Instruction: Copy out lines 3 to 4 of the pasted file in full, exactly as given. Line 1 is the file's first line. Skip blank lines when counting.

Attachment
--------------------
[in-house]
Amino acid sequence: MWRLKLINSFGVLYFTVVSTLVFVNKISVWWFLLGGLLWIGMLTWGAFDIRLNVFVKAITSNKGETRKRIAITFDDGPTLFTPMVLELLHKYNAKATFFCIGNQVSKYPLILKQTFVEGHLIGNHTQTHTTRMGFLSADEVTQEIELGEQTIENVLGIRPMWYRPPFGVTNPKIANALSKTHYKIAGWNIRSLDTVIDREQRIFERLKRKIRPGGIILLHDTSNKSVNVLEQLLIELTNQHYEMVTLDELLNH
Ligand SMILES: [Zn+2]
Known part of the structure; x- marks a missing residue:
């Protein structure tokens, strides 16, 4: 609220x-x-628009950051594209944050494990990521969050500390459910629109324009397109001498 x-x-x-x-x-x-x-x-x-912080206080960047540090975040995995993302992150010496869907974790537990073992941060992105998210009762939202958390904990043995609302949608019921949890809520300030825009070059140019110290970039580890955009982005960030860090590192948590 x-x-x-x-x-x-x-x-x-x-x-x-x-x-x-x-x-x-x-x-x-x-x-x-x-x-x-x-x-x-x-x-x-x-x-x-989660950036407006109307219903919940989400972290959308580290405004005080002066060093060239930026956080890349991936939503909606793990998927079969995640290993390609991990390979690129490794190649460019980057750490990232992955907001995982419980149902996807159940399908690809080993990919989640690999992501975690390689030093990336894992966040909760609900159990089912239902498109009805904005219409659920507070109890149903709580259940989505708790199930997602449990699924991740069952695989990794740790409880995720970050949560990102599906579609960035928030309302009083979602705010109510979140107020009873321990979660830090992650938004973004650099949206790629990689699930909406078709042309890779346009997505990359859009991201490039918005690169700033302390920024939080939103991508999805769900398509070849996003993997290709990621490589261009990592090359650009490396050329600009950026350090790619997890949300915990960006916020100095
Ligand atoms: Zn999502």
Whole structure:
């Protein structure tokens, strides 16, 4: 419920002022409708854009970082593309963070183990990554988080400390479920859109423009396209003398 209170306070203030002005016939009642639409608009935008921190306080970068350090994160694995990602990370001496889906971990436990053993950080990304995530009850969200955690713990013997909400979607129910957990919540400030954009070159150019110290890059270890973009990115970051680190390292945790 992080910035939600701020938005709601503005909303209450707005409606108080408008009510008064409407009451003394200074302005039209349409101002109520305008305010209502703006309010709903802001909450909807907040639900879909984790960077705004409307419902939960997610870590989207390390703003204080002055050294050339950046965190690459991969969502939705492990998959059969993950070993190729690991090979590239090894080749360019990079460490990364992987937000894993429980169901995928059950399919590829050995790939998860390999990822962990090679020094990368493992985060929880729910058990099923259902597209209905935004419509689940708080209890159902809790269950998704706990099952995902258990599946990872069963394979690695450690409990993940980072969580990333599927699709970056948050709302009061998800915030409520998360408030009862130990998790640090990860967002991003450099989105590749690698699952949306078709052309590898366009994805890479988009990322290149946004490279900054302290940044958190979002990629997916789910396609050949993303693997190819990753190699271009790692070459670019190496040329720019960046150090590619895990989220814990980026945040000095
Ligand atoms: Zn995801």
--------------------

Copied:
Ligand SMILES: [Zn+2]
Known part of the structure; x- marks a missing residue: